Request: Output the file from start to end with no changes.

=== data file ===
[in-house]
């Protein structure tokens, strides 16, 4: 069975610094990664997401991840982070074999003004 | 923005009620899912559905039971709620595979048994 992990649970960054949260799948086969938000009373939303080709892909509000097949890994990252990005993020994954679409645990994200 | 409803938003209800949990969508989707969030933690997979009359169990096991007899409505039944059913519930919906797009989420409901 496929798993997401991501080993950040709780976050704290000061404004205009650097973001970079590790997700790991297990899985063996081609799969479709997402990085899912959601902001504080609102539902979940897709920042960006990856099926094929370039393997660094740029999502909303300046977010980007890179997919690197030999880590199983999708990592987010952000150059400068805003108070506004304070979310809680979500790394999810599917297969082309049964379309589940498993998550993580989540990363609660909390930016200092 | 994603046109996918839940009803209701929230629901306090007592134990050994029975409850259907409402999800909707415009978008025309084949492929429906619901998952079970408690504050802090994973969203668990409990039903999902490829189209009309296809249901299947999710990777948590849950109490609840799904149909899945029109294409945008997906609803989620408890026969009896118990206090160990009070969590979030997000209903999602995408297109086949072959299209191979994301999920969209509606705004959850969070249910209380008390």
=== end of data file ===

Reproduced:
[in-house]
């Protein structure tokens, strides 16, 4: 069975610094990664997401991840982070074999003004 | 923005009620899912559905039971709620595979048994 992990649970960054949260799948086969938000009373939303080709892909509000097949890994990252990005993020994954679409645990994200 | 409803938003209800949990969508989707969030933690997979009359169990096991007899409505039944059913519930919906797009989420409901 496929798993997401991501080993950040709780976050704290000061404004205009650097973001970079590790997700790991297990899985063996081609799969479709997402990085899912959601902001504080609102539902979940897709920042960006990856099926094929370039393997660094740029999502909303300046977010980007890179997919690197030999880590199983999708990592987010952000150059400068805003108070506004304070979310809680979500790394999810599917297969082309049964379309589940498993998550993580989540990363609660909390930016200092 | 994603046109996918839940009803209701929230629901306090007592134990050994029975409850259907409402999800909707415009978008025309084949492929429906619901998952079970408690504050802090994973969203668990409990039903999902490829189209009309296809249901299947999710990777948590849950109490609840799904149909899945029109294409945008997906609803989620408890026969009896118990206090160990009070969590979030997000209903999602995408297109086949072959299209191979994301999920969209509606705004959850969070249910209380008390």